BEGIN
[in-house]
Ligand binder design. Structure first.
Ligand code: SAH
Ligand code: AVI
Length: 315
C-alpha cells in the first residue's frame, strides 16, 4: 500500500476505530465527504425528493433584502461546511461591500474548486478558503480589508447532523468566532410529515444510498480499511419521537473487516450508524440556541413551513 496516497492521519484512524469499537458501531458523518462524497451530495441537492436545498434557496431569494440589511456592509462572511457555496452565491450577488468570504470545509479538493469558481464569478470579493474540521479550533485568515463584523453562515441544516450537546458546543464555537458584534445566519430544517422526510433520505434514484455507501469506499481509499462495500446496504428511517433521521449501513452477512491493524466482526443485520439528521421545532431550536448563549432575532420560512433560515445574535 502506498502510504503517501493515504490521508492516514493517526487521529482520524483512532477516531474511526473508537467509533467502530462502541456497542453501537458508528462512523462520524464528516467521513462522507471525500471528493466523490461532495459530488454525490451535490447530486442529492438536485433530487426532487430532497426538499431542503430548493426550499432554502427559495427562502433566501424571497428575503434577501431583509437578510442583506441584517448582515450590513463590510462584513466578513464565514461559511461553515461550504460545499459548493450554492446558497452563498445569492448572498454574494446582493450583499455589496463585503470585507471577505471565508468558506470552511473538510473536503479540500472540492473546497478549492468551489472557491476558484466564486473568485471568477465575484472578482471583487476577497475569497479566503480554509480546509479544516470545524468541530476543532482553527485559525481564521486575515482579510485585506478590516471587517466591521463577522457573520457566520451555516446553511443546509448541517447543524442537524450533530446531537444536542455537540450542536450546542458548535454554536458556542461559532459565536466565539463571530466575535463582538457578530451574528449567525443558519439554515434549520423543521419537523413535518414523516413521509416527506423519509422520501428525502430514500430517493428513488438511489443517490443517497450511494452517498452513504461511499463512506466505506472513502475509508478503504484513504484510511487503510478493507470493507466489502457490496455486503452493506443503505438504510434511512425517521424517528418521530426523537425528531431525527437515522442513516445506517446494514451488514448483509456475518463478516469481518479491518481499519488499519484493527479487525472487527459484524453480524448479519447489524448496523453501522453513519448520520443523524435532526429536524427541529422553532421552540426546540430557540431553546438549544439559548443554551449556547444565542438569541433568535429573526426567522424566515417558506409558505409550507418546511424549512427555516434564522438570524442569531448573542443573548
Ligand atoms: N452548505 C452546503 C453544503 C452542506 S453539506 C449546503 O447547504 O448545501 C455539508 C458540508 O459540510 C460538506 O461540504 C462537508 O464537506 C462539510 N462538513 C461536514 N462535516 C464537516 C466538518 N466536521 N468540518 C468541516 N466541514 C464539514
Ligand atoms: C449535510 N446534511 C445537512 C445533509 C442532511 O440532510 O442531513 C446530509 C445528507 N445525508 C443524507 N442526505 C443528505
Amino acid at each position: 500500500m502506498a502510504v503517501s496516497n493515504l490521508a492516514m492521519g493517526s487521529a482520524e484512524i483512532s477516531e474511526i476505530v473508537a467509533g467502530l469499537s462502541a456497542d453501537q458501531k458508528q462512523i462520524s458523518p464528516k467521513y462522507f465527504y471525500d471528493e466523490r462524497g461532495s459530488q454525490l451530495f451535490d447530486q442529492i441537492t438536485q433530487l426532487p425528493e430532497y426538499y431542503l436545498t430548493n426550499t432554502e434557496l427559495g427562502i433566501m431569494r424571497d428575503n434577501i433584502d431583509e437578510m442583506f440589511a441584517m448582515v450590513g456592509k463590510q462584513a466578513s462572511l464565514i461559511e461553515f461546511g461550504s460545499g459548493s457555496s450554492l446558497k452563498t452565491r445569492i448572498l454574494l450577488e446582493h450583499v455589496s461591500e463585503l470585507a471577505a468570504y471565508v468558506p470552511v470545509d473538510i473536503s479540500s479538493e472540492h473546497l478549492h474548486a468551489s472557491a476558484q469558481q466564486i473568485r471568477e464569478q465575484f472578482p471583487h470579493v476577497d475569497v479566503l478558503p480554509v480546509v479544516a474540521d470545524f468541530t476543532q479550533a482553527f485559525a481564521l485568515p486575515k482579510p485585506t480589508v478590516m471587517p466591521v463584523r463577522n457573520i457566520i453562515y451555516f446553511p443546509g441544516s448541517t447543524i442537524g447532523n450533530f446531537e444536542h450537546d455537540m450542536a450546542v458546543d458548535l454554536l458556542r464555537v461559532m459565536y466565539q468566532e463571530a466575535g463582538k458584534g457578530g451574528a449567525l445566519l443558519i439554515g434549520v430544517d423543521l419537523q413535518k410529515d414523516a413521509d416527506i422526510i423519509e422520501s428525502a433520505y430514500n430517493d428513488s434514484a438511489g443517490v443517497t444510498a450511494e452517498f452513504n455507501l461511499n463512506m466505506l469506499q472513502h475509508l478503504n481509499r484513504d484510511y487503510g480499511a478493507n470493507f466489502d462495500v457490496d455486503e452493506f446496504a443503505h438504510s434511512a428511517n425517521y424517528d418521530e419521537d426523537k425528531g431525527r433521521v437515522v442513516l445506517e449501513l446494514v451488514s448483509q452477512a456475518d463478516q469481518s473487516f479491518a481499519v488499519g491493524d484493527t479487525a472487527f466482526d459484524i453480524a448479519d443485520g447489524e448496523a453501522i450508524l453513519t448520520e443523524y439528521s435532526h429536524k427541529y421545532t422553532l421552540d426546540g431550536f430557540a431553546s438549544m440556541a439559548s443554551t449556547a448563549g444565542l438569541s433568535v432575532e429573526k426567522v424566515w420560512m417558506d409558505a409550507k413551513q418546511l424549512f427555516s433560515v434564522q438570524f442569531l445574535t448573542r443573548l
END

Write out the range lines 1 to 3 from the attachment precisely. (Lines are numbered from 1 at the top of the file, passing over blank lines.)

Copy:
[in-house]
Ligand binder design. Structure first.
Ligand code: SAH